After the speech, Sheikh Wissam, who was wounded fighting ISIS, was dismissed from the leadership of the Sunni Awakening movement, a collection of tribal forces that fought with the United States against Al Qaeda and later took on ISIS The sheikh said he was deceived by the conference organizers and did not write the speech that he gave.
The day of the conference, The Wall Street Journal published an opinion piece under his name calling for normalization with Israel and praising the U.A.E. for doing so. Sheikh Wissam, who does not speak or read English, later said he did not know what was in the essay.
Mr. Braude, an American who speaks Arabic and has written extensively on Middle East affairs, said he had worked with the tribal leader, with input from a Journal editor, on writing the article and insisted that the sheikh knew what it said.
The newspaper’s senior director for communications, Steve Severinghaus, said The Wall Street Journal had worked through an intermediary, as it sometimes does when the writer does not speak English.
“We were told that Mr. al-Hardan had signed off on the edited version,” he said, referring to Sheikh Wissam.
Mr. Braude said the speech, delivered in Arabic, was a collaboration between him and Sheikh Wissam.
“I believe that he, like other attendees, is facing enormous pressure to recant,” said Mr. Braude.
“I think that, indeed, the participants knew exactly the kind of risks that they were taking,” he added, when asked about the repercussions. “We are doing everything we can to help them.”
Sheikh Wissam declined to be interviewed. An arrest warrant was also issued for his son, Ali Wissam al-Hardan, who said he had dropped his father off at the event but did not attend himself.
The conference featured an address by a U.A.E. official, but Mr. Braude said the Emirates did not help finance the event. He is a fellow at the Al Mesbar Studies and Research Center, a think tank in Dubai, in the U.A.E., that researches political and social movements in the Muslim world.
The Center for Peace Communications is funded by American philanthropists and one European, he said, but he declined to name them. Its chairman is Dennis Ross, a retired senior U.S. State Department official, who spoke at the Erbil conference.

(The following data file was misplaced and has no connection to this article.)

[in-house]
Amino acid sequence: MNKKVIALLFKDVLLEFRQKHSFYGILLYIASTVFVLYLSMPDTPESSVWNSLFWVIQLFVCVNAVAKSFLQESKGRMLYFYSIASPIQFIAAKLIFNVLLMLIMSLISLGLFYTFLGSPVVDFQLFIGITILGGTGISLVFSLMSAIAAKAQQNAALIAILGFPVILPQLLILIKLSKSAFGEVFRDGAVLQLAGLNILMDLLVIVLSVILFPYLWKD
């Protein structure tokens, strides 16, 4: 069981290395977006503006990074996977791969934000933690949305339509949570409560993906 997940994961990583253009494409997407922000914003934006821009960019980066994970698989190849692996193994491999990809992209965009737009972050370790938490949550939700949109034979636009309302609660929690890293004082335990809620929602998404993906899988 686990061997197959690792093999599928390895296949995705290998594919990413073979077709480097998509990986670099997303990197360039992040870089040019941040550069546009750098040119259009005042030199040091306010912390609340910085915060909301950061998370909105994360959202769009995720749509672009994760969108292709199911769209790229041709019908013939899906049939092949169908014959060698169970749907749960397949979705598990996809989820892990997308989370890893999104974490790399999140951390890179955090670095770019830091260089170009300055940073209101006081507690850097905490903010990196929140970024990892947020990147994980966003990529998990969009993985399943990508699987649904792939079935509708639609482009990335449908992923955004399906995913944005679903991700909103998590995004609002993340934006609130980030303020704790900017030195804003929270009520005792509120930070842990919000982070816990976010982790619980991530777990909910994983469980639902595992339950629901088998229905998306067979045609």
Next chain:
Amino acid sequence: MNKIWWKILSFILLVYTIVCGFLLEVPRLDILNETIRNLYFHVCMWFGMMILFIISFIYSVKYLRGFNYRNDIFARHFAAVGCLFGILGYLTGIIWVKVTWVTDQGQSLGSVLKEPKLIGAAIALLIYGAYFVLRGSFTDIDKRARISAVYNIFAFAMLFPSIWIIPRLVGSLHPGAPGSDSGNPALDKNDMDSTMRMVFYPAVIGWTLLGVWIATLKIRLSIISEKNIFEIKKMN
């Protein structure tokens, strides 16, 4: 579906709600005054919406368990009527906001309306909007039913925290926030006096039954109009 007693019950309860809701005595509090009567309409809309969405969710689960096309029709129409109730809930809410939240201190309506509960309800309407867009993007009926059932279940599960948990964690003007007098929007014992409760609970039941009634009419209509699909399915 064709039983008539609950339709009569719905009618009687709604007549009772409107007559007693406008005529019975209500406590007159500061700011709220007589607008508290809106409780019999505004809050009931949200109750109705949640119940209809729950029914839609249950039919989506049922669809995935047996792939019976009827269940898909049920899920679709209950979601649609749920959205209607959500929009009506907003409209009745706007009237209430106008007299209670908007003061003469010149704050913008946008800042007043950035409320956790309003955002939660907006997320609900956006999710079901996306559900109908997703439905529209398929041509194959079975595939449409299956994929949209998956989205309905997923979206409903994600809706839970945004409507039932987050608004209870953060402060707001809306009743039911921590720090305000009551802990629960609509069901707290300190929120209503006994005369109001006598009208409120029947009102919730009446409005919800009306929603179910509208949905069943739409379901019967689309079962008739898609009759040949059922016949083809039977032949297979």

Mr. Braude has said that he spoke with the U.S. military about job prospects in Iraq shortly after the 2003 invasion. He pleaded guilty in 2004 in New York to smugglingancient cylinder seals looted from the Iraq Museum, which he said he had intended to turn over to the authorities.
The Iraqi Kurdistan government maintains unofficial security and other ties with Israel, but denied after the conference that it promoted normalization or had authorized any event doing so. But The New York Times has seen documentation that a senior official approved the conference, knew of its content in advance and offered logistical support.
While the conference linked the two issues, many Iraqis draw a sharp distinction between feeling an affinity for the country’s former Jewish community and openness to the state of Israel.
The Iraqi Jews — an ancient community and anintegral part of Iraqi society — were pressured by the government to give up their citizenship and property and leave Iraq after the creation of Israel in 1948. Mr. Braude’s ancestors were part of that community.
“Iraq is not a monolith and people harbor different views about Jews,” Mr. Braude said. “I feel like this is a long-term effort.”
In the short term, it has put some people in danger. Ali al-Hardan, who along with his father was wounded fighting ISIS, said some Sunni extremist groups had declared killing him and his father halal — religiously permitted.
“Four times Al Qaeda tried to assassinate us,” he said. “One day they blew up our house in Baghdad. Now we are wanted by everyone.”
Falih Hassan and Awadh al-Taiee contributed reporting from Baghdad; Sangar Khaleel from Erbil, Iraq; and Nermeen al-Mufti from Kirkuk, Iraq.